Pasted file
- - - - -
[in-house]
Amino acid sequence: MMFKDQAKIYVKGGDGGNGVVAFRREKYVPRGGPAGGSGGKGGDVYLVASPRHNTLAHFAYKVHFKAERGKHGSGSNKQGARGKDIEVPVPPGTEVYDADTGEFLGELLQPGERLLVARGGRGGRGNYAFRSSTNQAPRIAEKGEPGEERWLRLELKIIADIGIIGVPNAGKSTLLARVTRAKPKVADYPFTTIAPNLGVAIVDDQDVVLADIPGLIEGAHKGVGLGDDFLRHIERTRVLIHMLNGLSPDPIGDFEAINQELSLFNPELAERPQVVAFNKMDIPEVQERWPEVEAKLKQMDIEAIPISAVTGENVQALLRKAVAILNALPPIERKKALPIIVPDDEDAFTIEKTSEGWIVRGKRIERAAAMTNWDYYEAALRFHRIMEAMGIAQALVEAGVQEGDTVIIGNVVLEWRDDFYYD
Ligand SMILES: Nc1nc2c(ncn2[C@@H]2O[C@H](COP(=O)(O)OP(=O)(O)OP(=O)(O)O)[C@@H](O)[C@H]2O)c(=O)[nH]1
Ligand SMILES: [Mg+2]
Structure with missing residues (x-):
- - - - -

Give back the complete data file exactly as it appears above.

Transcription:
[in-house]
Amino acid sequence: MMFKDQAKIYVKGGDGGNGVVAFRREKYVPRGGPAGGSGGKGGDVYLVASPRHNTLAHFAYKVHFKAERGKHGSGSNKQGARGKDIEVPVPPGTEVYDADTGEFLGELLQPGERLLVARGGRGGRGNYAFRSSTNQAPRIAEKGEPGEERWLRLELKIIADIGIIGVPNAGKSTLLARVTRAKPKVADYPFTTIAPNLGVAIVDDQDVVLADIPGLIEGAHKGVGLGDDFLRHIERTRVLIHMLNGLSPDPIGDFEAINQELSLFNPELAERPQVVAFNKMDIPEVQERWPEVEAKLKQMDIEAIPISAVTGENVQALLRKAVAILNALPPIERKKALPIIVPDDEDAFTIEKTSEGWIVRGKRIERAAAMTNWDYYEAALRFHRIMEAMGIAQALVEAGVQEGDTVIIGNVVLEWRDDFYYD
Ligand SMILES: Nc1nc2c(ncn2[C@@H]2O[C@H](COP(=O)(O)OP(=O)(O)OP(=O)(O)O)[C@@H](O)[C@H]2O)c(=O)[nH]1
Ligand SMILES: [Mg+2]
Structure with missing residues (x-):